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Impressions of a first-time legislator: Rep. Mark Hargrove shares his thoughts with Auburn residents

Rep. Mark Hargrove shares his experiences as a first time legislator. - Robert Whale/Reporter
Rep. Mark Hargrove shares his experiences as a first time legislator.
— image credit: Robert Whale/Reporter

Republican Mark Hargrove won the first political office he had ever held last November, wresting his 47th District Legislative seat from Democratic Rep. Geoff Simpson.

Like many a freshman legislator before him, Rep. Hargrove arrived in the center of the state's political structure in Olympia brimming with big plans for putting things straight.

He wanted education once again to be the priority the Constitution says it should be.

He wanted to redefine the role of government, which he believes has become inefficient, and too intrusive. Government, in Hargrove's opinion, should be first and foremost about protecting life and liberty, "and from there pass on to the pursuit of happiness."

"I ran for this office because I believed our legislature was just a little bit off track in priorities," Hargrove told the Auburn Rotary Club.

But as St. Augustine wrote long ago, there is "a great difference between viewing the land of peace from a wooded ridge and actually walking the road that leads to it."

And the truth, said the first-term Republican, is that the political realities in Olympia have left him "not entirely satisfied."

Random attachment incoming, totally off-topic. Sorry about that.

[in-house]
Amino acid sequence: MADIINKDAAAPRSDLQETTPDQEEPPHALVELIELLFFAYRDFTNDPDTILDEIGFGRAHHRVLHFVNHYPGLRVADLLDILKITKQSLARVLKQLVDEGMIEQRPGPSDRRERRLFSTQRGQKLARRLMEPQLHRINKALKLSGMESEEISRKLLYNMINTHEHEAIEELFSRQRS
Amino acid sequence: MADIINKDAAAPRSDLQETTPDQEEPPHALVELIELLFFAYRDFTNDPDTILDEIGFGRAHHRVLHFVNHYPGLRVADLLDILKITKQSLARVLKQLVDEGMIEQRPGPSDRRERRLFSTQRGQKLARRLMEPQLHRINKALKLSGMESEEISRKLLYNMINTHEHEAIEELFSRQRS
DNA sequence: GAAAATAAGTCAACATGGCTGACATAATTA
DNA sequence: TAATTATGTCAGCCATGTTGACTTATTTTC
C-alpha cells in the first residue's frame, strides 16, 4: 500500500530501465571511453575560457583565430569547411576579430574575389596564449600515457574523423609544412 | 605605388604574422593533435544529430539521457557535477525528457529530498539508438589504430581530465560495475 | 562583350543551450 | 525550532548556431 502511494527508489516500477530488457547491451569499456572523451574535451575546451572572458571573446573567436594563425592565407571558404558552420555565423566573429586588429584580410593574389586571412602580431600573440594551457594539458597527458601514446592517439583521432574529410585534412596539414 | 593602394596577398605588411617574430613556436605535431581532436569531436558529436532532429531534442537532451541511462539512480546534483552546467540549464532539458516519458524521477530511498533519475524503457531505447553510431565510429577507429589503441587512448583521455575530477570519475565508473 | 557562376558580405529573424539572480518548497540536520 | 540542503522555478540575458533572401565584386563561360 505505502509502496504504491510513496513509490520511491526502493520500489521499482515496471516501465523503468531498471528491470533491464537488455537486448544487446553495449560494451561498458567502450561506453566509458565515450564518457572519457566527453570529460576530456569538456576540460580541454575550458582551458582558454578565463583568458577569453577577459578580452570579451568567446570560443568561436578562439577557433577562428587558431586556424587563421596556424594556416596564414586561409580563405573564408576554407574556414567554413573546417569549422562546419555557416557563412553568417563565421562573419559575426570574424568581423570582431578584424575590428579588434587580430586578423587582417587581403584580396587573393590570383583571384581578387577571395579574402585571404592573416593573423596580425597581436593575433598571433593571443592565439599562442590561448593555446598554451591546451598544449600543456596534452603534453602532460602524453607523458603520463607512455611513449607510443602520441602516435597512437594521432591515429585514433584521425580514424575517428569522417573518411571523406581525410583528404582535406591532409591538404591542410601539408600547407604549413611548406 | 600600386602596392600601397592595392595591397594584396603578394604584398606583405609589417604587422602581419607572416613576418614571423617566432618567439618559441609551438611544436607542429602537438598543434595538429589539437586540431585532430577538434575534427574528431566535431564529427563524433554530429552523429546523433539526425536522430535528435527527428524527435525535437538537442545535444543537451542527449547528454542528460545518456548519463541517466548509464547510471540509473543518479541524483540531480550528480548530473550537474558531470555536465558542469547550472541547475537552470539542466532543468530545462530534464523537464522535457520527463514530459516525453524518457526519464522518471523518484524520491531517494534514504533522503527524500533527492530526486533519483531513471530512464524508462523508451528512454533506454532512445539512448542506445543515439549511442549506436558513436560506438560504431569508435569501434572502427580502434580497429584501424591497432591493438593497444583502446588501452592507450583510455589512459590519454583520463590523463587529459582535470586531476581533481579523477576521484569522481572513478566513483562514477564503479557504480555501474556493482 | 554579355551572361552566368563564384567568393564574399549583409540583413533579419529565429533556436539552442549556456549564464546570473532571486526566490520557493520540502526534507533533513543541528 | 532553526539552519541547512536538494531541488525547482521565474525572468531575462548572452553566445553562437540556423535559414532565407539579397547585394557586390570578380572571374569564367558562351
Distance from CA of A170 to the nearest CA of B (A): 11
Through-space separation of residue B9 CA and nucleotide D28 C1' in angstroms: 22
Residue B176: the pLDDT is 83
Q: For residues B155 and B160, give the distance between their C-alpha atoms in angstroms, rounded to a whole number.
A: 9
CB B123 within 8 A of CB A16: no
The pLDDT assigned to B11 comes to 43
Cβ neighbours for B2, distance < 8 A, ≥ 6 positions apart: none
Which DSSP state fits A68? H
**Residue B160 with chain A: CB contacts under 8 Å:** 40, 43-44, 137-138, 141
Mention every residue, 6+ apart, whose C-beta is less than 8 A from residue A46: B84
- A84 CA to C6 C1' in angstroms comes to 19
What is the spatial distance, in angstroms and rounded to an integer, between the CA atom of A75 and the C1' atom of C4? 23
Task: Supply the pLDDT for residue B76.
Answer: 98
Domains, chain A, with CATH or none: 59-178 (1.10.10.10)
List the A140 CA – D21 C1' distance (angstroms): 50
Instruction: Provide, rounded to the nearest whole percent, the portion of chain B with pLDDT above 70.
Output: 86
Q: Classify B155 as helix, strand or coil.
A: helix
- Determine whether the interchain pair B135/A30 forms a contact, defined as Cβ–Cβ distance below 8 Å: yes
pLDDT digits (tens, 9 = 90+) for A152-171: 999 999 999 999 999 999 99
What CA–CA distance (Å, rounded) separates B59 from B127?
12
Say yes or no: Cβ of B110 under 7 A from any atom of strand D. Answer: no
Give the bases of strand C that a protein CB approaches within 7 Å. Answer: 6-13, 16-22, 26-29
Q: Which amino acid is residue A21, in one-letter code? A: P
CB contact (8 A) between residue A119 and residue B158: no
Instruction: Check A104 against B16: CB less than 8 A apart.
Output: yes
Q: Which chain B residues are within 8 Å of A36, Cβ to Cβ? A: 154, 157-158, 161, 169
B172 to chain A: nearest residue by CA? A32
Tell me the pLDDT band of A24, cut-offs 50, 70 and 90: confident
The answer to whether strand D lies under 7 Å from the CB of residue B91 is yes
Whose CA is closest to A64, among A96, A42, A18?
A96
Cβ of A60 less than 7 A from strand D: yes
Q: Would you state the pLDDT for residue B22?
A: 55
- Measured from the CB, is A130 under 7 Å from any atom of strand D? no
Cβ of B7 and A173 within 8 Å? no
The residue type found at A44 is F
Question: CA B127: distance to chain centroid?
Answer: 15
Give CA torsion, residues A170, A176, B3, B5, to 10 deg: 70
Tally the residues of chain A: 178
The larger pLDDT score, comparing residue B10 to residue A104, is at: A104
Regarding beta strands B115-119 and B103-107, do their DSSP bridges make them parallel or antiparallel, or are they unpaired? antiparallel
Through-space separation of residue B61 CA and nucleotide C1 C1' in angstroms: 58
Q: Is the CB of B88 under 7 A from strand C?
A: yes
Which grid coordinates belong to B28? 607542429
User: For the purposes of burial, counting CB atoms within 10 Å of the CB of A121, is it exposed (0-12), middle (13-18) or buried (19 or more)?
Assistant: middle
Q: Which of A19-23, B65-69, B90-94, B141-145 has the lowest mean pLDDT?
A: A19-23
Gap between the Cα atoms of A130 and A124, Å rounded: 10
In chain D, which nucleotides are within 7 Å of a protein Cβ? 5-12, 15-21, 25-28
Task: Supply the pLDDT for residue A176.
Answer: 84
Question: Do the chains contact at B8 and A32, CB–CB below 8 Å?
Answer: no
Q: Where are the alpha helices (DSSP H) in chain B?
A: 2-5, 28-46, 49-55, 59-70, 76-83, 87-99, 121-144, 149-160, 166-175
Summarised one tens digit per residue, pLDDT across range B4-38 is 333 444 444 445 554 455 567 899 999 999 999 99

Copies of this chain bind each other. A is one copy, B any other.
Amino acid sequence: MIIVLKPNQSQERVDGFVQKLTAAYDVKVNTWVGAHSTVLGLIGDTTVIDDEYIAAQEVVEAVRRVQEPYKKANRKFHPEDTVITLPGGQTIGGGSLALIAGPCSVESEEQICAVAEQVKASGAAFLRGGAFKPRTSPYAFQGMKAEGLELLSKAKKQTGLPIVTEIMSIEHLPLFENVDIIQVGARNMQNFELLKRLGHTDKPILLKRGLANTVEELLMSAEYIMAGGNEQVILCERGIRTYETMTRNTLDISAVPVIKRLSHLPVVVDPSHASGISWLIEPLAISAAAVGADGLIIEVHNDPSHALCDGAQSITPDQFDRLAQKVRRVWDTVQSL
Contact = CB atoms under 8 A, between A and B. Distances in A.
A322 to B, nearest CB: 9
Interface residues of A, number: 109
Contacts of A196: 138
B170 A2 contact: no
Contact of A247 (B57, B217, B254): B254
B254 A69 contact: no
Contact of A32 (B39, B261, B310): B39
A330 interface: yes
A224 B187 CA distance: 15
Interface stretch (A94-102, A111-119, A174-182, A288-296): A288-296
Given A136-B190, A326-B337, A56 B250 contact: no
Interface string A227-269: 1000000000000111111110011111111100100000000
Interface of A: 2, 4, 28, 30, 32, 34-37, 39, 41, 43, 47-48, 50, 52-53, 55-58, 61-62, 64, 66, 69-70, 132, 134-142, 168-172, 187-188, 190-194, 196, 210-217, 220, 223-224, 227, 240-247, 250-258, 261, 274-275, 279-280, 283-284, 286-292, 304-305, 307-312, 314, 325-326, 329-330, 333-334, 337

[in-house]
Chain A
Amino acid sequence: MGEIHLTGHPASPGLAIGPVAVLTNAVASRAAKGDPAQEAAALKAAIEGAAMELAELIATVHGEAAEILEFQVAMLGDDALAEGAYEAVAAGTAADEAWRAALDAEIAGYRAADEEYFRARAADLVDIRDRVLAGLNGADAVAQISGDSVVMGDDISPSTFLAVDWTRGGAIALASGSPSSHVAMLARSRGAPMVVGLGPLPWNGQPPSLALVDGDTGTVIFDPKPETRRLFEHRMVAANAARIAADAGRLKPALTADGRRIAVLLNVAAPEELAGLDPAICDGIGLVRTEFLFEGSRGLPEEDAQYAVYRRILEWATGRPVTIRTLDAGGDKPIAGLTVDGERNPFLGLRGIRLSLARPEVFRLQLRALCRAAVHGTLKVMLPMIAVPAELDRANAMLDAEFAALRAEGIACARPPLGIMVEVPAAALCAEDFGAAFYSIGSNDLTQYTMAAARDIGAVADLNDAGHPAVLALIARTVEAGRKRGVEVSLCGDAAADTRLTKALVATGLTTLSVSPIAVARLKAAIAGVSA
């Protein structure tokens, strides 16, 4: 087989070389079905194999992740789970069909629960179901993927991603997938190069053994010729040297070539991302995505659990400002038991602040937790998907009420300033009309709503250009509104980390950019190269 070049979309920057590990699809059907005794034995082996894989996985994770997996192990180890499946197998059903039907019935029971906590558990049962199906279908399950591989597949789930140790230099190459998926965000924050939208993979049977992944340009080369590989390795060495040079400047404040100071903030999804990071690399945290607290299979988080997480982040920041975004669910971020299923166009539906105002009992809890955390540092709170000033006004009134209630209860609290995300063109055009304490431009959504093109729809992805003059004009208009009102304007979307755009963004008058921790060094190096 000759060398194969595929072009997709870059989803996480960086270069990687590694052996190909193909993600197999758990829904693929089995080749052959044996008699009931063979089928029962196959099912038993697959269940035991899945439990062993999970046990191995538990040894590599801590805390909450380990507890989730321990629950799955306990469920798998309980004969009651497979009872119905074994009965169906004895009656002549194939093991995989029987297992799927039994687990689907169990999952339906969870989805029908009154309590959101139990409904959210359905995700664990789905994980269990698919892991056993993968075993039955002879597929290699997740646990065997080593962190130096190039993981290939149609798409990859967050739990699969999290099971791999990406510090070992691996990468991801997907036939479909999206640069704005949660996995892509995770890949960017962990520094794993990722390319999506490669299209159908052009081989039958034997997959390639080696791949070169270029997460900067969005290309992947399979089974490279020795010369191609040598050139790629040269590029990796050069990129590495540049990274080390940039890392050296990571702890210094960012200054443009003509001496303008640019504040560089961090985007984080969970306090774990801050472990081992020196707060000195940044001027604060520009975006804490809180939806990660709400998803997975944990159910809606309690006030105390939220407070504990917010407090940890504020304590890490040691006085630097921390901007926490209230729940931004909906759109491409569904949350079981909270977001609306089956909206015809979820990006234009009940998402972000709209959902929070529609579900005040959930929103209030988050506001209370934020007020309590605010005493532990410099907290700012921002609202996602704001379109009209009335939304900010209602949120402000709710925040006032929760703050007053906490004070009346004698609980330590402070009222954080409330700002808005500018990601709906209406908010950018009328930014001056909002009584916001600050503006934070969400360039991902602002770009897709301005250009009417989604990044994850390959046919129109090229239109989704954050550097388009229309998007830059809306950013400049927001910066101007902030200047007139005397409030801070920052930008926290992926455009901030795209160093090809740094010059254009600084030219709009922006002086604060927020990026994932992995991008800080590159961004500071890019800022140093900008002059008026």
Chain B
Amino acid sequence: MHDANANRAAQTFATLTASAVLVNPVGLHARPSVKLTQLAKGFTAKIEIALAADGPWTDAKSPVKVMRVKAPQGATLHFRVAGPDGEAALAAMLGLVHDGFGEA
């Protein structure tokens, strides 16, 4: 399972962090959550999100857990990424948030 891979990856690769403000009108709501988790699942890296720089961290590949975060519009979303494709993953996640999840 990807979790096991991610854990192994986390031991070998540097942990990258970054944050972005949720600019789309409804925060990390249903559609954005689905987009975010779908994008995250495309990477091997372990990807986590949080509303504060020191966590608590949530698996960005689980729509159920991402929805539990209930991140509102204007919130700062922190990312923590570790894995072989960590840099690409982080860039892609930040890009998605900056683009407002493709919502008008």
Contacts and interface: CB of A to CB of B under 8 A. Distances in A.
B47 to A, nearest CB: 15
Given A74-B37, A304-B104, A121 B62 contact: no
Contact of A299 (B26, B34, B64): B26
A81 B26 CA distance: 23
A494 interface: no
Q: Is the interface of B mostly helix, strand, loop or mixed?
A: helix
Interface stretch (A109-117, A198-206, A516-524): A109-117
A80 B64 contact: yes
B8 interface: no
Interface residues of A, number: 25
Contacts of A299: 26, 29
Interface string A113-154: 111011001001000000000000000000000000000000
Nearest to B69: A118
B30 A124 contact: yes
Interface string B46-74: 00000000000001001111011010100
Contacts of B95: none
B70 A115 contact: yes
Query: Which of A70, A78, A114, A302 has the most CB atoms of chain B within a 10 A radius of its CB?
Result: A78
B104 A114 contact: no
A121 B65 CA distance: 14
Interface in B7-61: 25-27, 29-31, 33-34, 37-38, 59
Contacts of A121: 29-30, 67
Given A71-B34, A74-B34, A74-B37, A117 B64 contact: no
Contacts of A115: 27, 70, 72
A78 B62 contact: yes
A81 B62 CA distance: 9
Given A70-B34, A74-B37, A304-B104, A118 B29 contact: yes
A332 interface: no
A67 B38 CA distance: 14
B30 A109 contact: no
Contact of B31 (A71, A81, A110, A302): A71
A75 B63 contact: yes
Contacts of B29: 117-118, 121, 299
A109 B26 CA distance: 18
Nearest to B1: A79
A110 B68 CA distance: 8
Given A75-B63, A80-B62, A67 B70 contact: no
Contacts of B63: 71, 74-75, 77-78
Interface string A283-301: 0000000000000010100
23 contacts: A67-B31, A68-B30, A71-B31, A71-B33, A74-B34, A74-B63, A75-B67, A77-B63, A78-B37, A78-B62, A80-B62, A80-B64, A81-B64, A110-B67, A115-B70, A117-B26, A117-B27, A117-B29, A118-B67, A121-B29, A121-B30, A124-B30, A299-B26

Hargrove, a member of the Transportation, Education andEducation Appropriations Oversight committees, chafed at being in the minority party in a system where the majority appoints the committee chairmen, and the chairmen decide what bills get a hearing and therefore a vote.

"I just don't think that the founders of the state and this nation really envisioned that the party having one more member in the legislature should determine every bill that gets a hearing and gets voted on," Hargrove said.

What if instead, bills submitted by a certain deadline were to be guaranteed a hearing, "not necessarily a vote, but a hearing. That would be a step in the right direction," Hargrove said.

Hargrove recalled how he and other legislative newcomers had talked on arrival about being bipartisan and transparent.

But the political process itself encouraged the opposite, shuffling lawmakers off into separate, closed-door caucus meetings.

Would he support changes to the system he champions if his party were in the majority?

"I recognize that the majority party is less likely to change because they are getting everything done that they want, so why mess with that," Hargrove said. "I'm hoping that we could see the benefits of an open, transparent process, that people would look more favorably on the legislature, and that it would just be better for the state.

"But I recognize that if the majority changes, there would be folks in my own party that would be resistant to that, too. They would be like, 'All right, we finally got it, let's do all we want and keep all the power.' I'm hoping to make some changes while we're in the minority, recognizing that it will be very difficult to make them all."

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